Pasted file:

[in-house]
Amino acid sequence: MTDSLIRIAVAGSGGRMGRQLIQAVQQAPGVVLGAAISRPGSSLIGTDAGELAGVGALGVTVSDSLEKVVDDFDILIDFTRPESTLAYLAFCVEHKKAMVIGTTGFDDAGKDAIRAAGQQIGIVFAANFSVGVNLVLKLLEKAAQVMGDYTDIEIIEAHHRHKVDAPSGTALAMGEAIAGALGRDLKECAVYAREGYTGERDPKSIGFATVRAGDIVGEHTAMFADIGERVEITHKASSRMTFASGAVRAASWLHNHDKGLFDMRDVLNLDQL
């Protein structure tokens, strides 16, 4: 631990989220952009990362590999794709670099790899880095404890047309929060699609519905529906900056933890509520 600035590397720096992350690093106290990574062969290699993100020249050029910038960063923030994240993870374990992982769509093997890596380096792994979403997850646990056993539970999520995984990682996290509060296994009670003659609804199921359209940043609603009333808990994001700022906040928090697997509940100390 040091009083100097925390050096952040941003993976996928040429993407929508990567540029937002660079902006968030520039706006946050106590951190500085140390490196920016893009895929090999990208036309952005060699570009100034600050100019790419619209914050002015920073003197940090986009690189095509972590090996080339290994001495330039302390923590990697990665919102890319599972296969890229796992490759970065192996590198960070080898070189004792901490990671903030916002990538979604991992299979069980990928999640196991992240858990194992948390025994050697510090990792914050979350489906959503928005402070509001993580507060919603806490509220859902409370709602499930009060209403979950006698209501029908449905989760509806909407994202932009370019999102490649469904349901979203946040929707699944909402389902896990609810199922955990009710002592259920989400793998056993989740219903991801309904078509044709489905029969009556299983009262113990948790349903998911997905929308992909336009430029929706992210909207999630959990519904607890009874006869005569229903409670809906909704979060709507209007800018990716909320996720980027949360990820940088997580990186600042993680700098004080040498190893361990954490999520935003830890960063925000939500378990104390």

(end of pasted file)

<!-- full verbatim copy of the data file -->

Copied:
[in-house]
Amino acid sequence: MTDSLIRIAVAGSGGRMGRQLIQAVQQAPGVVLGAAISRPGSSLIGTDAGELAGVGALGVTVSDSLEKVVDDFDILIDFTRPESTLAYLAFCVEHKKAMVIGTTGFDDAGKDAIRAAGQQIGIVFAANFSVGVNLVLKLLEKAAQVMGDYTDIEIIEAHHRHKVDAPSGTALAMGEAIAGALGRDLKECAVYAREGYTGERDPKSIGFATVRAGDIVGEHTAMFADIGERVEITHKASSRMTFASGAVRAASWLHNHDKGLFDMRDVLNLDQL
């Protein structure tokens, strides 16, 4: 631990989220952009990362590999794709670099790899880095404890047309929060699609519905529906900056933890509520 600035590397720096992350690093106290990574062969290699993100020249050029910038960063923030994240993870374990992982769509093997890596380096792994979403997850646990056993539970999520995984990682996290509060296994009670003659609804199921359209940043609603009333808990994001700022906040928090697997509940100390 040091009083100097925390050096952040941003993976996928040429993407929508990567540029937002660079902006968030520039706006946050106590951190500085140390490196920016893009895929090999990208036309952005060699570009100034600050100019790419619209914050002015920073003197940090986009690189095509972590090996080339290994001495330039302390923590990697990665919102890319599972296969890229796992490759970065192996590198960070080898070189004792901490990671903030916002990538979604991992299979069980990928999640196991992240858990194992948390025994050697510090990792914050979350489906959503928005402070509001993580507060919603806490509220859902409370709602499930009060209403979950006698209501029908449905989760509806909407994202932009370019999102490649469904349901979203946040929707699944909402389902896990609810199922955990009710002592259920989400793998056993989740219903991801309904078509044709489905029969009556299983009262113990948790349903998911997905929308992909336009430029929706992210909207999630959990519904607890009874006869005569229903409670809906909704979060709507209007800018990716909320996720980027949360990820940088997580990186600042993680700098004080040498190893361990954490999520935003830890960063925000939500378990104390």